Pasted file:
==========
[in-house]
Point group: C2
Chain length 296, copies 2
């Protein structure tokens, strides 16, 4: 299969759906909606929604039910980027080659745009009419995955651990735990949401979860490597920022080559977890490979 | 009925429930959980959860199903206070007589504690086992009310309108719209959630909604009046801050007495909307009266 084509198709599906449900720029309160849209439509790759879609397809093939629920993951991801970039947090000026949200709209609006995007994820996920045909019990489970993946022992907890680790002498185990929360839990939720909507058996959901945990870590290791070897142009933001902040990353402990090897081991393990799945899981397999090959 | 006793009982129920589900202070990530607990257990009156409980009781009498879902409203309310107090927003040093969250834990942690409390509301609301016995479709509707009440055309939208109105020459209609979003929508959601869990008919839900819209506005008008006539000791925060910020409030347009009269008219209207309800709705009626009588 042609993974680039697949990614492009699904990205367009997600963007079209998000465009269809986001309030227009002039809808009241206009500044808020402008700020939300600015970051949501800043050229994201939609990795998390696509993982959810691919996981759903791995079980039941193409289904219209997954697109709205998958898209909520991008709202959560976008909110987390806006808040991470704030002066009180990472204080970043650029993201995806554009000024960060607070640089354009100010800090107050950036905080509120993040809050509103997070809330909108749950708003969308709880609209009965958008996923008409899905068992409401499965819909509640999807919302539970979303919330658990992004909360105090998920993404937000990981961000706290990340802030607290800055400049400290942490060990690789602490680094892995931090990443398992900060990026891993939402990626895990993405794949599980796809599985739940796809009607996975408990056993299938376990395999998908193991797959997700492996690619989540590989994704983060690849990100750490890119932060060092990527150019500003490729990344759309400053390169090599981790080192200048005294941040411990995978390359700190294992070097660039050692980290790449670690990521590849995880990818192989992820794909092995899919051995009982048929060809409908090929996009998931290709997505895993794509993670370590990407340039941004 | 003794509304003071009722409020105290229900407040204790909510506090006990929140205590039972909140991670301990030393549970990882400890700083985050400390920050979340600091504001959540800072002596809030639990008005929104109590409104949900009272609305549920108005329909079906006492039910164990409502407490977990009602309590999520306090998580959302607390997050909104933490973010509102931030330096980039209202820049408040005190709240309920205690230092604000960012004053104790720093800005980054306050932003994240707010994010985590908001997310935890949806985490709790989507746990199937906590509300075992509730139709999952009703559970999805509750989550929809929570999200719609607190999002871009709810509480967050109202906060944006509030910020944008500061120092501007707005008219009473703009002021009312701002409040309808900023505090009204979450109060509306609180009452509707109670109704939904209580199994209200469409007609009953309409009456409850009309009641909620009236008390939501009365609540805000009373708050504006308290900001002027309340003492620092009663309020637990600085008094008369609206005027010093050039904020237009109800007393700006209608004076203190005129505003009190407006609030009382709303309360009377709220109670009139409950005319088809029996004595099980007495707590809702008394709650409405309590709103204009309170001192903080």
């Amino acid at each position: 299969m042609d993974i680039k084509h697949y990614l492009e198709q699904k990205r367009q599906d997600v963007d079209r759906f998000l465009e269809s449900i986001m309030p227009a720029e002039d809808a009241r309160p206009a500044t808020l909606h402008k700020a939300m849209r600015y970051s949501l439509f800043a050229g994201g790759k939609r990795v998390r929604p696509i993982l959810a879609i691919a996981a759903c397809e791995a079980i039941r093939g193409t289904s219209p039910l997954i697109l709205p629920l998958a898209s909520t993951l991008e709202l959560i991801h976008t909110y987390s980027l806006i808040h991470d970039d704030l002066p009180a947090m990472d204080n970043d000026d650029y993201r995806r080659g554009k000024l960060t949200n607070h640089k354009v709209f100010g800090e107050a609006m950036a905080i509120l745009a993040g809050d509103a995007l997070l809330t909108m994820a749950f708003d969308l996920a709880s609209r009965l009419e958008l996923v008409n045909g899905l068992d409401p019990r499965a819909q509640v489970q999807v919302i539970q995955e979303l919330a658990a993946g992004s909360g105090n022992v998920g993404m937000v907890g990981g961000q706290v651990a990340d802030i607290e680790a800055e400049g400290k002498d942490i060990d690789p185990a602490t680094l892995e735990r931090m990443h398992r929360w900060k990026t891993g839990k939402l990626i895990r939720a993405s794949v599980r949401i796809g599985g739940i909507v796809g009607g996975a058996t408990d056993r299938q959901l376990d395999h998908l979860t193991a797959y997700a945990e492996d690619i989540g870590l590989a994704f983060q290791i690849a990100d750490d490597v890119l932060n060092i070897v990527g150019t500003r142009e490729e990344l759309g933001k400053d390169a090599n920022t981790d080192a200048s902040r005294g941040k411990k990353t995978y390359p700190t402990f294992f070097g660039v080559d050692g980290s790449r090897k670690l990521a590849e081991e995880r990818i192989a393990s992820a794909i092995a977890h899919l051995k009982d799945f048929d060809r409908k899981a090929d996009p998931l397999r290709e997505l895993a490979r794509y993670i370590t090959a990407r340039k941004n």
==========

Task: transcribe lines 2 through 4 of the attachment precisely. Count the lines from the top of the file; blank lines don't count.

Point group: C2
Chain length 296, copies 2
């Protein structure tokens, strides 16, 4: 299969759906909606929604039910980027080659745009009419995955651990735990949401979860490597920022080559977890490979 | 009925429930959980959860199903206070007589504690086992009310309108719209959630909604009046801050007495909307009266 084509198709599906449900720029309160849209439509790759879609397809093939629920993951991801970039947090000026949200709209609006995007994820996920045909019990489970993946022992907890680790002498185990929360839990939720909507058996959901945990870590290791070897142009933001902040990353402990090897081991393990799945899981397999090959 | 006793009982129920589900202070990530607990257990009156409980009781009498879902409203309310107090927003040093969250834990942690409390509301609301016995479709509707009440055309939208109105020459209609979003929508959601869990008919839900819209506005008008006539000791925060910020409030347009009269008219209207309800709705009626009588 042609993974680039697949990614492009699904990205367009997600963007079209998000465009269809986001309030227009002039809808009241206009500044808020402008700020939300600015970051949501800043050229994201939609990795998390696509993982959810691919996981759903791995079980039941193409289904219209997954697109709205998958898209909520991008709202959560976008909110987390806006808040991470704030002066009180990472204080970043650029993201995806554009000024960060607070640089354009100010800090107050950036905080509120993040809050509103997070809330909108749950708003969308709880609209009965958008996923008409899905068992409401499965819909509640999807919302539970979303919330658990992004909360105090998920993404937000990981961000706290990340802030607290800055400049400290942490060990690789602490680094892995931090990443398992900060990026891993939402990626895990993405794949599980796809599985739940796809009607996975408990056993299938376990395999998908193991797959997700492996690619989540590989994704983060690849990100750490890119932060060092990527150019500003490729990344759309400053390169090599981790080192200048005294941040411990995978390359700190294992070097660039050692980290790449670690990521590849995880990818192989992820794909092995899919051995009982048929060809409908090929996009998931290709997505895993794509993670370590990407340039941004 | 003794509304003071009722409020105290229900407040204790909510506090006990929140205590039972909140991670301990030393549970990882400890700083985050400390920050979340600091504001959540800072002596809030639990008005929104109590409104949900009272609305549920108005329909079906006492039910164990409502407490977990009602309590999520306090998580959302607390997050909104933490973010509102931030330096980039209202820049408040005190709240309920205690230092604000960012004053104790720093800005980054306050932003994240707010994010985590908001997310935890949806985490709790989507746990199937906590509300075992509730139709999952009703559970999805509750989550929809929570999200719609607190999002871009709810509480967050109202906060944006509030910020944008500061120092501007707005008219009473703009002021009312701002409040309808900023505090009204979450109060509306609180009452509707109670109704939904209580199994209200469409007609009953309409009456409850009309009641909620009236008390939501009365609540805000009373708050504006308290900001002027309340003492620092009663309020637990600085008094008369609206005027010093050039904020237009109800007393700006209608004076203190005129505003009190407006609030009382709303309360009377709220109670009139409950005319088809029996004595099980007495707590809702008394709650409405309590709103204009309170001192903080």